[Pg 65]

Mrs. Cros. Whispering all this while!—Beware of his snares again: come away, child.

Dap. Sweet, dear miss—

Lucy. Bargain for me!—you have reckoned without your hostess, as they say. Bargain for me! bargain for me! [Exit.

Dap. I must return, then, to treat with you.

Mrs. Cros. Treat me no treatings, but take a word for all. You shall no more dishonour my daughter, nor molest my lodgings, as you have done at all hours.

Dap. Do you intend to change 'em, then, to Bridewell, or Long's powdering-tub?[41]

Mrs. Cros. No, to a bailiff's house, and then you'll be so civil, I presume, as not to trouble us.

Ran. Here, will you have my comb again, Dapperwit?

Dap. A pox! I think women take inconstancy from me worse than from any man breathing.

Mrs. Cros. Pray, sir, forget me before you write your next lampoon. [Exit.

Enter Sir Simon Addleplot in the dress of a Clerk.—Ranger retires to the background.

Sir Sim. Have I found you? have I found you in your by-walks, faith and troth? I am almost out of breath in following you. Gentlemen when they get into an alley walk so fast, as if they had more earnest business there than in the broad streets.

Dap. [Aside.]—How came this sot hither? Fortune has sent him to ease my choler.—You impudent rascal, who are you, that dare intrude thus on us? [Strikes him.

Sir Sim. Don't you know me, Dapperwit? sure you know me. [Softly.

[Pg 66]

Dap. Will thou dishonour me with thy acquaintance too? thou rascally, insolent, pen-and-ink man. [Strikes him again.

Sir Sim. Oh! oh! sure you know me! pray know me. [Softly.

Dap. By thy saucy familiarity, thou shouldst be a marker at a tennis-court, a barber, or a slave that fills coffee.

Sir Sim. Oh! oh!

Dap. What art thou? [Kicks him.

Sir Sim. Nay, I must not discover myself to Ranger for a kick or two. Oh, pray hold, sir: by that you will know me. [Delivers him a letter.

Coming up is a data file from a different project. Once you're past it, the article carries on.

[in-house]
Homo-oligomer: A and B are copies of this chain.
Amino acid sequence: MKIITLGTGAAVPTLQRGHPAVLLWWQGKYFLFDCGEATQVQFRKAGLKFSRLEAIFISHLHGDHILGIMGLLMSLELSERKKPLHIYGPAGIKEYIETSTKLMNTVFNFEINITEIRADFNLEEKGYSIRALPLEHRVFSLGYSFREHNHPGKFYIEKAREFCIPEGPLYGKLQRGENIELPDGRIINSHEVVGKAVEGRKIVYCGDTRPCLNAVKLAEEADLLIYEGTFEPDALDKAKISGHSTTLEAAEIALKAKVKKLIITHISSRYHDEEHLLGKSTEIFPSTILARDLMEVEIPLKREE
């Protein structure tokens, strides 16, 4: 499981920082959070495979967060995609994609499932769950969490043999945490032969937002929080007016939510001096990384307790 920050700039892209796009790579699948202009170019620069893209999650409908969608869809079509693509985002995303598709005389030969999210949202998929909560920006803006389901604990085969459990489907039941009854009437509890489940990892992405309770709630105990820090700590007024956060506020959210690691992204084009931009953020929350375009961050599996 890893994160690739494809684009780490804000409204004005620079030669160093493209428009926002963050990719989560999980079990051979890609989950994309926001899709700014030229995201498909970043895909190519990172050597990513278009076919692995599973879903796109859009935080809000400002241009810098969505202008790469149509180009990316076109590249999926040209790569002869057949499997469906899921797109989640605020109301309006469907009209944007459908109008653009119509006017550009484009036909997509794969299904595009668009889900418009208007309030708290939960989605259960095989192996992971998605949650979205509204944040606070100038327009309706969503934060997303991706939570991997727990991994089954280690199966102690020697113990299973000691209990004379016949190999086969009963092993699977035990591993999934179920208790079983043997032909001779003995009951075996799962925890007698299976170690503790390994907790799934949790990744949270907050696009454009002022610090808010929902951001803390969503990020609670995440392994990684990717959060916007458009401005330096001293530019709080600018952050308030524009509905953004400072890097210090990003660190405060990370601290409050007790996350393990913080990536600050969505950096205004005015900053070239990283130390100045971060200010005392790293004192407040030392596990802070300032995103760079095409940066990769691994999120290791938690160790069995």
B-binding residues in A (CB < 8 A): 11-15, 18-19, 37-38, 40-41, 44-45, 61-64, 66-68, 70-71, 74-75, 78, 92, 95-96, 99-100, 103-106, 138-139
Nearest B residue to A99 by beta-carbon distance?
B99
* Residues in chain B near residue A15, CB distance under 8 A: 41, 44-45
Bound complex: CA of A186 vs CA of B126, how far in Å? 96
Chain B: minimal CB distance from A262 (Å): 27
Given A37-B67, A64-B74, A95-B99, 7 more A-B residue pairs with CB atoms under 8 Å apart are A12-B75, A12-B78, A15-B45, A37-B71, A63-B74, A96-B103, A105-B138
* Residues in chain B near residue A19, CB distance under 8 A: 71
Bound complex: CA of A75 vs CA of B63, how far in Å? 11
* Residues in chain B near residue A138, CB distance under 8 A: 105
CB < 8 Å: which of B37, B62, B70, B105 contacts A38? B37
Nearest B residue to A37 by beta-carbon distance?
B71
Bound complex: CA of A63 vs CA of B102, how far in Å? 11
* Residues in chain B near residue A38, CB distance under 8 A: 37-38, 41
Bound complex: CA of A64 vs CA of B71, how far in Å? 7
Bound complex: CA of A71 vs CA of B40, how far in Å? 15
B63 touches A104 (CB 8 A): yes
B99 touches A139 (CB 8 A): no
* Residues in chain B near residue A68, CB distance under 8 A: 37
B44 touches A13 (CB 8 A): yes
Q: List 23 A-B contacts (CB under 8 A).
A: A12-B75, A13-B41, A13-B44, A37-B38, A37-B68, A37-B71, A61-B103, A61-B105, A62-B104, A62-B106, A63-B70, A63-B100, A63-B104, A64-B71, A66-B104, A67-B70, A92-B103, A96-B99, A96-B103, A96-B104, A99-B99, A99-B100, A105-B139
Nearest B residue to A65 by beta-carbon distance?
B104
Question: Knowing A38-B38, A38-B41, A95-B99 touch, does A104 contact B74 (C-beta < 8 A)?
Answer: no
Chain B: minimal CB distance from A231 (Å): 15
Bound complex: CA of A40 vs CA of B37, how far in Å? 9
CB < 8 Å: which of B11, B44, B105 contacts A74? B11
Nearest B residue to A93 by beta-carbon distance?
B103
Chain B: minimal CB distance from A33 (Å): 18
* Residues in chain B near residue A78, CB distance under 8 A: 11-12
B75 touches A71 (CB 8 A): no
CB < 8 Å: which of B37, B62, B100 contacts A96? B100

Dap. How, Sir Simon!

Sir Sim. Mum, mum, make no excuses, man; I would not Ranger should have known me for five hundred—kicks.

Dap. Your disguise is so natural, I protest, it will excuse me.

Sir Sim. I know that, prithee make no excuses, I say. No ceremony between thee and I, man:—read the letter.

Dap. What, you have not opened it!

Sir Sim. Prithee, don't be angry, the seal is a little cracked: for I could not help kissing Mrs. Martha's letter. The word is, now or never. Her father she finds will be abroad all this day, and she longs to see your friend Sir Simon Addleplot:—faith 'tis a pretty jest; while I am with her, and praising myself to her at no ordinary rate. Let thee and I alone at an intrigue.

Dap. Tell her I will not fail to meet her at the place and time. Have a care of your charge; and manage your business like yourself, for yourself.

Sir Sim. I warrant you.

Dap. The gaining Gripe's daughter will make me support the loss of this young jilt here. [Aside.

Ran. [Coming forward.] What fellow's that?

Dap. A servant to a friend of mine.

Ran. Methinks he something resembles our acquaintance[Pg 67] Sir Simon; but it is no compliment to tell him so: for that knight is the most egregious coxcomb that ever played with lady's fan.